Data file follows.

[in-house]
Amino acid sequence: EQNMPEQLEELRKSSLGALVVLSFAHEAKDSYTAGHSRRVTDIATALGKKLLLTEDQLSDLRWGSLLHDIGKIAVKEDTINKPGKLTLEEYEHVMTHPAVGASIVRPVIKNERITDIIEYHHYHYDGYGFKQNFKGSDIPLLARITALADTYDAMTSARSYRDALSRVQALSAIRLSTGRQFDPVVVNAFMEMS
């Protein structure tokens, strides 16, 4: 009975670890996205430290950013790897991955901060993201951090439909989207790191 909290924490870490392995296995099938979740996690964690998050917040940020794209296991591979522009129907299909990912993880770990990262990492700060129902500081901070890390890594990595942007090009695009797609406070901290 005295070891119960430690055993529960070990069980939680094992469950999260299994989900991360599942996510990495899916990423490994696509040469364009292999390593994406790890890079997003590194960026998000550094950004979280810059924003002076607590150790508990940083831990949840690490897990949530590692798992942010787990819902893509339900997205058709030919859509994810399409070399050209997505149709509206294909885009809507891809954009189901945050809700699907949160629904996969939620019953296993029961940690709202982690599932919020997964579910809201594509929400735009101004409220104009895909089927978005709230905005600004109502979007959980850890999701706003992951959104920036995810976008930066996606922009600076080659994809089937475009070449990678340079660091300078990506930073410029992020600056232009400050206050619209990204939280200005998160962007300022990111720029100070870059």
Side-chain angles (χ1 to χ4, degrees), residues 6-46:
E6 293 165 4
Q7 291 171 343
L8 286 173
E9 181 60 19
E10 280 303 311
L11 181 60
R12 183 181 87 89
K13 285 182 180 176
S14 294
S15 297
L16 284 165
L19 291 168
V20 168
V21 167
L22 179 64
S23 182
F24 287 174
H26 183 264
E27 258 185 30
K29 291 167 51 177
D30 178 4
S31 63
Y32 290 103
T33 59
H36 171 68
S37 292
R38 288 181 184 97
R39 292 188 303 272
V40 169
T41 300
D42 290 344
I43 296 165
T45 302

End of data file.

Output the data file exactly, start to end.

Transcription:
[in-house]
Amino acid sequence: EQNMPEQLEELRKSSLGALVVLSFAHEAKDSYTAGHSRRVTDIATALGKKLLLTEDQLSDLRWGSLLHDIGKIAVKEDTINKPGKLTLEEYEHVMTHPAVGASIVRPVIKNERITDIIEYHHYHYDGYGFKQNFKGSDIPLLARITALADTYDAMTSARSYRDALSRVQALSAIRLSTGRQFDPVVVNAFMEMS
């Protein structure tokens, strides 16, 4: 009975670890996205430290950013790897991955901060993201951090439909989207790191 909290924490870490392995296995099938979740996690964690998050917040940020794209296991591979522009129907299909990912993880770990990262990492700060129902500081901070890390890594990595942007090009695009797609406070901290 005295070891119960430690055993529960070990069980939680094992469950999260299994989900991360599942996510990495899916990423490994696509040469364009292999390593994406790890890079997003590194960026998000550094950004979280810059924003002076607590150790508990940083831990949840690490897990949530590692798992942010787990819902893509339900997205058709030919859509994810399409070399050209997505149709509206294909885009809507891809954009189901945050809700699907949160629904996969939620019953296993029961940690709202982690599932919020997964579910809201594509929400735009101004409220104009895909089927978005709230905005600004109502979007959980850890999701706003992951959104920036995810976008930066996606922009600076080659994809089937475009070449990678340079660091300078990506930073410029992020600056232009400050206050619209990204939280200005998160962007300022990111720029100070870059």
Side-chain angles (χ1 to χ4, degrees), residues 6-46:
E6 293 165 4
Q7 291 171 343
L8 286 173
E9 181 60 19
E10 280 303 311
L11 181 60
R12 183 181 87 89
K13 285 182 180 176
S14 294
S15 297
L16 284 165
L19 291 168
V20 168
V21 167
L22 179 64
S23 182
F24 287 174
H26 183 264
E27 258 185 30
K29 291 167 51 177
D30 178 4
S31 63
Y32 290 103
T33 59
H36 171 68
S37 292
R38 288 181 184 97
R39 292 188 303 272
V40 169
T41 300
D42 290 344
I43 296 165
T45 302